Designee of the Department of Public Utility Control

Designee of the Department of Public Utility Control

PETITION NO. 980 - BNE Energy, Inc. petition for a declaratory ruling that no Certificate of Environmental Compatibility and Public Need is required for the construction, maintenance, and operation of a 3.2 MW Wind Renewable Generating facility located at 178 New Haven Road, Prospect, Connecticut. / }
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May 16, 2011

Dissent on Conclusions of Law § B

Kenneth L. Braffman

Designee of the Department of Public Utility Control

This dissent is limited to two rulings of the Siting Council in this proceeding: 1) the February 24, 2011, Ruling granting the February 16, 2011, Motion for a Protective Order (Motion) filed by BNE and, 2) the March 31, 2011, Ruling reaffirming that decision in response to a Motion to Reconsider filed by FairwindCT on March 28, 2011. The subject of the Motions and Rulings are the ice throw setback considerations relating to GE’s turbine for which BNE sought approval. Section B of the Draft Conclusions of Law (Draft) is entitled “The PUESA does not require public disclosure of proprietary information.” This is a correct statement; however, in my opinion, the Council’s ruling on the information and application of the law to this information is incorrect.

I dissent with the Council’s rulings on this matter because the information as to GE’s setback requirements is already publicly available and therefore is not exempt from public disclosure. How is it possible for data or information to be exempt from public disclosure as a trade secret if it is already public? The Council’s decision to protect something it knows to be publicly available for the reasons discussed in its Draft is wrong and injurious to the concept of transparency in government. To qualify as a trade secret defined by Connecticut law in Conn. Gen. Stat. § 1-210(b), the information must pass a two-prong test: 1) the information must derive an independent economic value, actual or potential, from not being generally known to, and not being readily ascertainable by proper means by, other persons who can obtain economic value from their disclosure or use, and, 2) the information must be the subject of efforts that are reasonable under the circumstances to maintain secrecy.

The affidavit in support of non-disclosure of the GE setback boundaries is woefully lacking in information as to how that information has an economic value.[1] The Council never tested the assertions regarding the information as to either intrinsic economic value or as to being secret.[2]

On March 28, 2011, FairwindCT, Inc filed a Motion for Reconsideration of the Council’s Ruling (Reconsideration Motion). The Reconsideration Motion cited to a website of the New York State Public Service Commission for the fact that the information is in the public domain and entitled to be disclosed on the public record herein. The Reconsideration Motion also included an affidavit from an attorney stating that the information on the public website is in fact the exact same information that the Council withheld from public disclosure. Important to the discussion here is that the information on the public website nevertheless is stamped “Privileged and Confidential”.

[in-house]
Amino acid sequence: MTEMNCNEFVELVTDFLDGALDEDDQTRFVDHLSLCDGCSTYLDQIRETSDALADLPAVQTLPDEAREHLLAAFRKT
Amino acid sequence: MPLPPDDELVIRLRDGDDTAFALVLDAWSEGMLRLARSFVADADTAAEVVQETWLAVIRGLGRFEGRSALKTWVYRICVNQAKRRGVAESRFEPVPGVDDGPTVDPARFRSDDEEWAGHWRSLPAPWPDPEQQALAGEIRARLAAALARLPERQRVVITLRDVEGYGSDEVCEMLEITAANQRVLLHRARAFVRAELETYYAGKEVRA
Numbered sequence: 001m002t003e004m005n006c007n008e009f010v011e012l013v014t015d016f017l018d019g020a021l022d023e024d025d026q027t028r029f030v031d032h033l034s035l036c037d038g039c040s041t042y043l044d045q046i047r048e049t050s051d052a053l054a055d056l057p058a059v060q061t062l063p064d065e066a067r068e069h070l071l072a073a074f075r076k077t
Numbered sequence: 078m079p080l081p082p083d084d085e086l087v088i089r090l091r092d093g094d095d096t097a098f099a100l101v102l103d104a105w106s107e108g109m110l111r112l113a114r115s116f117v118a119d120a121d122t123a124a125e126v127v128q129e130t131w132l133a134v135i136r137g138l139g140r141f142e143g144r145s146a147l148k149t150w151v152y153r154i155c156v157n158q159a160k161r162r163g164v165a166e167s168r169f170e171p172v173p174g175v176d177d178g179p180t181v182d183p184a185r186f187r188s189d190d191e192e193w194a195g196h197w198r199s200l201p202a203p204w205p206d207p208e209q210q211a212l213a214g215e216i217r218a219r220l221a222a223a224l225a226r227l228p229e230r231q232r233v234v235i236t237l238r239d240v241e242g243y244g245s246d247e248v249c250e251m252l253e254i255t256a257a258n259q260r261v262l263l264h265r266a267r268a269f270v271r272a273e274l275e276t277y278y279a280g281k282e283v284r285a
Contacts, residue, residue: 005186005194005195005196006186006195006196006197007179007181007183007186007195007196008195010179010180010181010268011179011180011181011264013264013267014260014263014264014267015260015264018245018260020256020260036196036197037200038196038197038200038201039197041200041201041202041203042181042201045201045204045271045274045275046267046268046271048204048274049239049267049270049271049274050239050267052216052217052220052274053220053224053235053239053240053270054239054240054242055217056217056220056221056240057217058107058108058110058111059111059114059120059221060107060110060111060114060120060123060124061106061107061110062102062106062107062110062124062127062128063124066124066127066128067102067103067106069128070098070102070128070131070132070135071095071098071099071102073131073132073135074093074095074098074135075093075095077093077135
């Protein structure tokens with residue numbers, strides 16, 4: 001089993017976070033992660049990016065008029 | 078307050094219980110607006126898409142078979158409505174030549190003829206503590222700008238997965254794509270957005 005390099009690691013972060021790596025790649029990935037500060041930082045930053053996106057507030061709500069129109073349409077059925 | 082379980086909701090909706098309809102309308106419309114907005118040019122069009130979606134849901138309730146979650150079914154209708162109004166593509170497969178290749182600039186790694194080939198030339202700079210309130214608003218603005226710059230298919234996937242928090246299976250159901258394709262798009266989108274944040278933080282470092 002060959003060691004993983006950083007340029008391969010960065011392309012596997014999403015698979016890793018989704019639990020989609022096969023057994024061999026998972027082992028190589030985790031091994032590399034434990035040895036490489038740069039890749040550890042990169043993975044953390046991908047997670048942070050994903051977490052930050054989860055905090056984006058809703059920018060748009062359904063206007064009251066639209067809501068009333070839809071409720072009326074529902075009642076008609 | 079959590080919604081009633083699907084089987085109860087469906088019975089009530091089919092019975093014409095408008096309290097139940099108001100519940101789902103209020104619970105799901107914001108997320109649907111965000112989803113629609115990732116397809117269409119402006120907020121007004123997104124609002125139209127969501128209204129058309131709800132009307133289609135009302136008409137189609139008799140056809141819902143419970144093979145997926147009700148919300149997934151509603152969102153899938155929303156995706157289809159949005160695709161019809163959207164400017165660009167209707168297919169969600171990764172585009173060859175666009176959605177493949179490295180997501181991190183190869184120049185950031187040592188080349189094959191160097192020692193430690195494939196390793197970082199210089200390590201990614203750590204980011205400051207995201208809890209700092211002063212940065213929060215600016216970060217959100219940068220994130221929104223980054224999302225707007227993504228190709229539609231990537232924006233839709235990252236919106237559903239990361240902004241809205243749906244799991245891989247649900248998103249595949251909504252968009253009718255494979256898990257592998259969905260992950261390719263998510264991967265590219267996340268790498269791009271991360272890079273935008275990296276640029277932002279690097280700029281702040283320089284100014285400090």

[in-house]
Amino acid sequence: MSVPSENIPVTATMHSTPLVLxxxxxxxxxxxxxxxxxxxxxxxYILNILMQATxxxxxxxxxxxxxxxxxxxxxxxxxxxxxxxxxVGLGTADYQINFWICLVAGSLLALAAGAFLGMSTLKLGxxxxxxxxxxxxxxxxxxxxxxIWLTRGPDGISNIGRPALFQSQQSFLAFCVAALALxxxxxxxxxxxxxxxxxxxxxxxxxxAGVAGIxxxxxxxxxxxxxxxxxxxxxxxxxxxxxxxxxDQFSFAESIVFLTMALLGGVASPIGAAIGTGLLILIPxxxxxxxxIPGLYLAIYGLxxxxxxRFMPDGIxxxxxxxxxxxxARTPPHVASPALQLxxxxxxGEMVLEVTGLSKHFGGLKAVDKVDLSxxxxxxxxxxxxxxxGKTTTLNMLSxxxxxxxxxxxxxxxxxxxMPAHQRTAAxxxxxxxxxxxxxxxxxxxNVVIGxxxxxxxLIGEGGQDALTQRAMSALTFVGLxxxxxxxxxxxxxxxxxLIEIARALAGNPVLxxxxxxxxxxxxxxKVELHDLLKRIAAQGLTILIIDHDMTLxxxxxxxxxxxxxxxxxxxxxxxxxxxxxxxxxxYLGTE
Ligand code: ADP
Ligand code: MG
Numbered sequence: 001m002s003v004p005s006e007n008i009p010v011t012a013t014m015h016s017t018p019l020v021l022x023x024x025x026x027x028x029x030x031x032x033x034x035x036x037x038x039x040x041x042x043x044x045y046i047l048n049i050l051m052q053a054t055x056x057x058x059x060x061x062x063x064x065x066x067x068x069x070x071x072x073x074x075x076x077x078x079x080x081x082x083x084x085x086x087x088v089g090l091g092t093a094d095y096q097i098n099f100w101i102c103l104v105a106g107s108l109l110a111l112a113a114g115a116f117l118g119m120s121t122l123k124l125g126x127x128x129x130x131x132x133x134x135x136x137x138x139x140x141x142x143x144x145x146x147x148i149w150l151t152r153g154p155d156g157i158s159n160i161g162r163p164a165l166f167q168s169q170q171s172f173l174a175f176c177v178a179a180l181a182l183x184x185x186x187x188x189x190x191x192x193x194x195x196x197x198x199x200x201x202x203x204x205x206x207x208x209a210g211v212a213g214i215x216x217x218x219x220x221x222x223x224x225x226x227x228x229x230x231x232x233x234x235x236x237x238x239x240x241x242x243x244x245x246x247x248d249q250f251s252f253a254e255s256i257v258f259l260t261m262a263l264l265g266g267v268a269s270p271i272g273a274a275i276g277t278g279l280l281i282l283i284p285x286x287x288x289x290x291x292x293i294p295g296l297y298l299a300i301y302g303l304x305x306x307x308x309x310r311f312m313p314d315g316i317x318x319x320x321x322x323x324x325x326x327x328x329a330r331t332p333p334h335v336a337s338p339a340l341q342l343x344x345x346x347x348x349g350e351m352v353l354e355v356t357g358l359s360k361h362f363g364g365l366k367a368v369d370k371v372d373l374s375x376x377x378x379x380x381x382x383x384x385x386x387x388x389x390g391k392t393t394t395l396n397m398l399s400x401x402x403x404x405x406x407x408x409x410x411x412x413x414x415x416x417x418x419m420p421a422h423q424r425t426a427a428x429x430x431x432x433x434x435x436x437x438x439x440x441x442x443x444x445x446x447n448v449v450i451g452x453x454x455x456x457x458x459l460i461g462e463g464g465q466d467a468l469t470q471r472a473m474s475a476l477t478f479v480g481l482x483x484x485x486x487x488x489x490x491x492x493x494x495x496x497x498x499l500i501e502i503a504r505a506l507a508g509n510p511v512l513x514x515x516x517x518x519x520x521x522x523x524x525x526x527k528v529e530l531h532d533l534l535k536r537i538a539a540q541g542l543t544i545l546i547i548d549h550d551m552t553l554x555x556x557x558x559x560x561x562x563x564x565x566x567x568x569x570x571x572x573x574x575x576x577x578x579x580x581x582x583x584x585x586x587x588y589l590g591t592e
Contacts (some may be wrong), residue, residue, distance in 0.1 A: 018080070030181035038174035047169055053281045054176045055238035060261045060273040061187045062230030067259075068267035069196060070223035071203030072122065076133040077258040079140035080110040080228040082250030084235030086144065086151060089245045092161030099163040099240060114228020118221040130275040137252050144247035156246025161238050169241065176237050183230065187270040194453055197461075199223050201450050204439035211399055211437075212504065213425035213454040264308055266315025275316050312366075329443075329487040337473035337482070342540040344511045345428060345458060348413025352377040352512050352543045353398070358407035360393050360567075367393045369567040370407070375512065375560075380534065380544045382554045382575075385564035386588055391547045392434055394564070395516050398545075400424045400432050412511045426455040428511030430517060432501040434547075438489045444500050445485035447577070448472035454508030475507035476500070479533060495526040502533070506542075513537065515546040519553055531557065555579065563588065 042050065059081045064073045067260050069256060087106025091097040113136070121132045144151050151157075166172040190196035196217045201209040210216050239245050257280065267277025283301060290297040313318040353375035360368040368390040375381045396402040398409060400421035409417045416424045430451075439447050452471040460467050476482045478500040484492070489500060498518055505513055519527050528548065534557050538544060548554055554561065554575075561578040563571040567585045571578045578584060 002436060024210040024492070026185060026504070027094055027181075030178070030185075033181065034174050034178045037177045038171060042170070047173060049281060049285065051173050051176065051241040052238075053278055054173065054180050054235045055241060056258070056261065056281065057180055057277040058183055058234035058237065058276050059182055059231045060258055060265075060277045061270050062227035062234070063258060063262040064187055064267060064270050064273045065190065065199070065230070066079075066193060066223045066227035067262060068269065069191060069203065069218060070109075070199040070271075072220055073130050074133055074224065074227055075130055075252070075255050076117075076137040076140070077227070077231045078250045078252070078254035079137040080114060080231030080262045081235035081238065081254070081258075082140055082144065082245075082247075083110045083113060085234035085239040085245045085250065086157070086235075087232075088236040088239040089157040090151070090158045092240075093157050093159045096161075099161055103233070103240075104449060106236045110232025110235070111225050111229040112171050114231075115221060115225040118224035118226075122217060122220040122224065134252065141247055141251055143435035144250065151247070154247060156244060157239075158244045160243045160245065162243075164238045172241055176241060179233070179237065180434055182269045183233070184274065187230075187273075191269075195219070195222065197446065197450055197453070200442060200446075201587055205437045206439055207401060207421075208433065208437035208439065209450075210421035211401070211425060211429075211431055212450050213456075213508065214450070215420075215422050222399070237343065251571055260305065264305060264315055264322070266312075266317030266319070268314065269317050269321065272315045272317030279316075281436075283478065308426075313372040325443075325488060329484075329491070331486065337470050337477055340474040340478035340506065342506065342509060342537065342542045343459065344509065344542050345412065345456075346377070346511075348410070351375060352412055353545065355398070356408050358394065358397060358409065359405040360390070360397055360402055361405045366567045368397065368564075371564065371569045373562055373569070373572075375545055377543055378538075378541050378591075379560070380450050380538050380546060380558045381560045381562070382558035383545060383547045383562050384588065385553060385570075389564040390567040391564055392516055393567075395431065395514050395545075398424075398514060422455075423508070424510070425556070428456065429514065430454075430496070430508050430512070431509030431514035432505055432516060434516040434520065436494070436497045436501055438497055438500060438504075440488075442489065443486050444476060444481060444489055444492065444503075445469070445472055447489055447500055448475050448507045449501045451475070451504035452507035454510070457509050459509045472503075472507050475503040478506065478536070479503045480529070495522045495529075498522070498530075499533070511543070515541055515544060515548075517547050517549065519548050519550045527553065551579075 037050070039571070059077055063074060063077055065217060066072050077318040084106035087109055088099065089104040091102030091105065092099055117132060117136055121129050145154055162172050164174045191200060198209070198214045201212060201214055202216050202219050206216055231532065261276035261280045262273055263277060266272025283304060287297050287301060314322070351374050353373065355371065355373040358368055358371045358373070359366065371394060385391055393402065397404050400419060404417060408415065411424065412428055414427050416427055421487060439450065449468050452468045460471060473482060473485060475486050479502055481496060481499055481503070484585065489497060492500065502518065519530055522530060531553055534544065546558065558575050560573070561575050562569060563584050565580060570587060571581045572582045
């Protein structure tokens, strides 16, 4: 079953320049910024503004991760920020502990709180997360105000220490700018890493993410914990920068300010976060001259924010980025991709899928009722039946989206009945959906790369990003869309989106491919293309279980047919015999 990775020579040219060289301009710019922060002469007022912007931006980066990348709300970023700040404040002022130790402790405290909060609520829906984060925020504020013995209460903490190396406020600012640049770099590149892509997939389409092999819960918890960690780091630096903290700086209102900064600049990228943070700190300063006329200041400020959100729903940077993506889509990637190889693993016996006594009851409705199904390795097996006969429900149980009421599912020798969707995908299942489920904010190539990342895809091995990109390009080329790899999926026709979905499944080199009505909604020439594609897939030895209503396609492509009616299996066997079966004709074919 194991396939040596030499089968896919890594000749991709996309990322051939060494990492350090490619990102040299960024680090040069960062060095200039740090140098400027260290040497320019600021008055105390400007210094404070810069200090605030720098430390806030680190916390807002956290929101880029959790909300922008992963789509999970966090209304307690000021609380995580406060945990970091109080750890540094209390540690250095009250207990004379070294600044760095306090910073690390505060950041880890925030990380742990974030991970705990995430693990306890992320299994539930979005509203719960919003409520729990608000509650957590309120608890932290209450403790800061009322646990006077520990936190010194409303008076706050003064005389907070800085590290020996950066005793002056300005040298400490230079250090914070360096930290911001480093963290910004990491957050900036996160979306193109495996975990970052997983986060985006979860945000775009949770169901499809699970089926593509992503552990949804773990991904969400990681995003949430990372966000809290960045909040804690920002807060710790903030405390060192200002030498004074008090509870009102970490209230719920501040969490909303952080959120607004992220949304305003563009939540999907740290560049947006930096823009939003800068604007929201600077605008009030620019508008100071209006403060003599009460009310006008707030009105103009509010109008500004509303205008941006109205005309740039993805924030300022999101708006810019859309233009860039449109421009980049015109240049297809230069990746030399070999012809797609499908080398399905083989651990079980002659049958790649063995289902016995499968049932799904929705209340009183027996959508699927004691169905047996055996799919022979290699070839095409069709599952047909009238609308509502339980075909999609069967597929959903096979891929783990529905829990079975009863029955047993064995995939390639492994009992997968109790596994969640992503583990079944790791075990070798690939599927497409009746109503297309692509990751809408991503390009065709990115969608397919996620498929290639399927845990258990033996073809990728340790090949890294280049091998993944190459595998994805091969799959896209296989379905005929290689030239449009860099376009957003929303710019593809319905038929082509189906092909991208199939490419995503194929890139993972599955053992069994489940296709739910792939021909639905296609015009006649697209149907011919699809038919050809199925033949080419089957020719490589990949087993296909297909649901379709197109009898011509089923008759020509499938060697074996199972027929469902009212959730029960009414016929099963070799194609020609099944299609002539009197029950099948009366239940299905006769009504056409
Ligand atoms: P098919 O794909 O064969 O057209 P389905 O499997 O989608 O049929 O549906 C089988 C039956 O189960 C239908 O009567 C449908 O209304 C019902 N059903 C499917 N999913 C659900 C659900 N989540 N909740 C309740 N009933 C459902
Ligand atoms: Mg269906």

Notwithstanding this affidavit, the Council voted to reaffirm its Ruling. In so doing, it relied on the case of Lash v. Freedom of Information, et al., 300 Conn. 45 (2011), mainly for the proposition that a document that is marked “confidential” creates a presumption of confidentiality.[3] While the Lash case does indeed stand for the proposition that the Draft recites, it is not a ruling or holding that can be applied to this case. Presumptions are merely legal inferences, to be used only until other facts are known. Indeed, a presumption of fact is not evidence; it is a legal device that operates only in the absence of evidence. Once evidence of a fact that rebuts the presumption is introduced, the presumption is entirely dissipated. BLACK’S LAW DICTONARY 1186 (6th ed. 1993). The Council’s ruling herein is wrong in that it put greater weight on a presumption rather than a fact. It allowed the presumption of secrecy to trump the known fact of public availability.

For the above reasons, I dissent from the Council’s rulings with regard to the public disclosure of GE’s setback requirements for the wind turbines proposed to be sited herein.


[1] For instance, the danger and distance of ice-throw risk from the turbine blades does not facially appear to be the type of information from which an economic value can be derived; GE’s engineering process that goes into making turbine blades that have particular attributes certainly would be. Further, in my opinion, there is an overwhelming public interest that this information be publicly disclosed in any event.

[2] Conn. Gen. Stat. §1-210(b) states that the trade secret information sought to be protected must be the “ . . .subject of efforts that are reasonable under the circumstances to maintain secrecy . . .” . (emphasis added)

[3] Ironically, the Court’s ruling was only with regard to whether the Freedom of Information Commission (FOI) abused its discretion is assessing a civil penalty against a public official – not as to whether the records should be protected. The Court had, in a previous case, affirmed the final FOI decision ordering disclosure of the requested records. See Director, Dept. of Information technology v. FOI, 274 Conn. 179, 181-83, 874 A.2d 785 (2005).